Youths hunting for work

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JUST under a half of all those unemployed in the island are aged between 16 and 24, latest figures show.

Questions about the number of young jobless and the steps being taken by government to help them find work were raised in Tynwald by Speaker Steve Rodan MHK.

Figures released in the UK this week showed that youth unemployment has reached one million, the highest level since comparable records began in 1992 and prompting fears that a whole generation will be blighted by long-term joblessness.

In a written reply, Chief Minister Allan Bell revealed that at the end of October, 100 people between 16-17 and 348 between 18-24 were actively seeking work in the Isle of Man.

These were either in receipt of Jobseekers’ Allowance or were registered with the Job Centre or Careers Service but not in receipt of benefits.

Latest unemployment figures show that the number out of work increased to 910 at the end of October, an unemployment rate of 2.1 per cent.

A total of 442 vacancies were notified to the Job Centre during the month and at the end of the month 195 positions were still vacant and held on file.

Construction, retail and hospitality have the highest levels of unemployment.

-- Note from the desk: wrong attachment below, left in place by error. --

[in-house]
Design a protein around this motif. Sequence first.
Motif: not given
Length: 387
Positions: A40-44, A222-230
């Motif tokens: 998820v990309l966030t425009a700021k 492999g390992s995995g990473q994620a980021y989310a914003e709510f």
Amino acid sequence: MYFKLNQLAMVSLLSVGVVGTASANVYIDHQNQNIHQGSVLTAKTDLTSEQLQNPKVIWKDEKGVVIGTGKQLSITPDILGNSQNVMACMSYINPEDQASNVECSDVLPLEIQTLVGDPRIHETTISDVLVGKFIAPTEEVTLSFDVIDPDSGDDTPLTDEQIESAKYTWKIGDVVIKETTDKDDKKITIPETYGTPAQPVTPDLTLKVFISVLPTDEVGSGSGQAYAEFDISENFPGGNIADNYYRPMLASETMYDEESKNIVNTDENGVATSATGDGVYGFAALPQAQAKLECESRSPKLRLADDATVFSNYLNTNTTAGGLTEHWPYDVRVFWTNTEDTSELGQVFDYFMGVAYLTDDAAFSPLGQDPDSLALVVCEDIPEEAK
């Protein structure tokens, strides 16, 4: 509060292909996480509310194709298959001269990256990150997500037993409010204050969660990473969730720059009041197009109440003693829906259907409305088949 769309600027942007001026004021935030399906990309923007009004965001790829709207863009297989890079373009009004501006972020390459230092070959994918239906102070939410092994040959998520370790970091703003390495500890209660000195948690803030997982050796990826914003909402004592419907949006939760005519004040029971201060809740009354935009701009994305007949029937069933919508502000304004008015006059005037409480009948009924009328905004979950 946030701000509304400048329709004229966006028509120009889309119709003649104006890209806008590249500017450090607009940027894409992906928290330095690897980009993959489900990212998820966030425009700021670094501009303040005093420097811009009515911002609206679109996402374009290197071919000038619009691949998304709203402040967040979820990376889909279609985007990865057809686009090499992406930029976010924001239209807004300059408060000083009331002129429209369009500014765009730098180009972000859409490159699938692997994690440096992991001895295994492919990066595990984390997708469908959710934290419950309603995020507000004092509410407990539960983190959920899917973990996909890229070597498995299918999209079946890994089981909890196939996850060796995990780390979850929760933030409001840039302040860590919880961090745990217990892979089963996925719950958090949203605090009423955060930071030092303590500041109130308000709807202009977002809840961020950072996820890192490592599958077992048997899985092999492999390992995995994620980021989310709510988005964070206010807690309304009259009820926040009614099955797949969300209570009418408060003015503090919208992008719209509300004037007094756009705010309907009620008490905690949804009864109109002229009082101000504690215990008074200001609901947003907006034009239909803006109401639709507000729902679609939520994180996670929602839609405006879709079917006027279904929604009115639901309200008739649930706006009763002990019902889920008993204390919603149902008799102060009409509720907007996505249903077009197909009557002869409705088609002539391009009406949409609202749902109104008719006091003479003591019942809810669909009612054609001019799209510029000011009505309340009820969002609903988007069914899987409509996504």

In his reply, Mr Bell said the Department of Economic Development actively engaged with a wide range of employers to encourage them to take part in work placement programmes for the young unemployed.

‘By providing advice, guidance and support to employers the department has secured work placement opportunities across a variety of economic sectors.

To date in 2011, the work placement programme aimed specifically at the 16-24 age range has provided 58 placements, which is more than double the target outlined in the NEETs (Not in Employment, Education of Training) report presented to Tynwald in November 2010.

Mr Bell said 15 of these placements were currently ongoing and of those who have completed their placement, 22 have moved into permanent employment as a direct result.

Unemployment in the island peaked at 970 in February last year but fell away again.

It dropped to 806 in May before going back up to 846 in June and then up again to 890 in July before falling in August to 830. In September it climbed back up to 890.

Tell us about your experience hunting for work in the Isle of Man. Email newsdesk(at)

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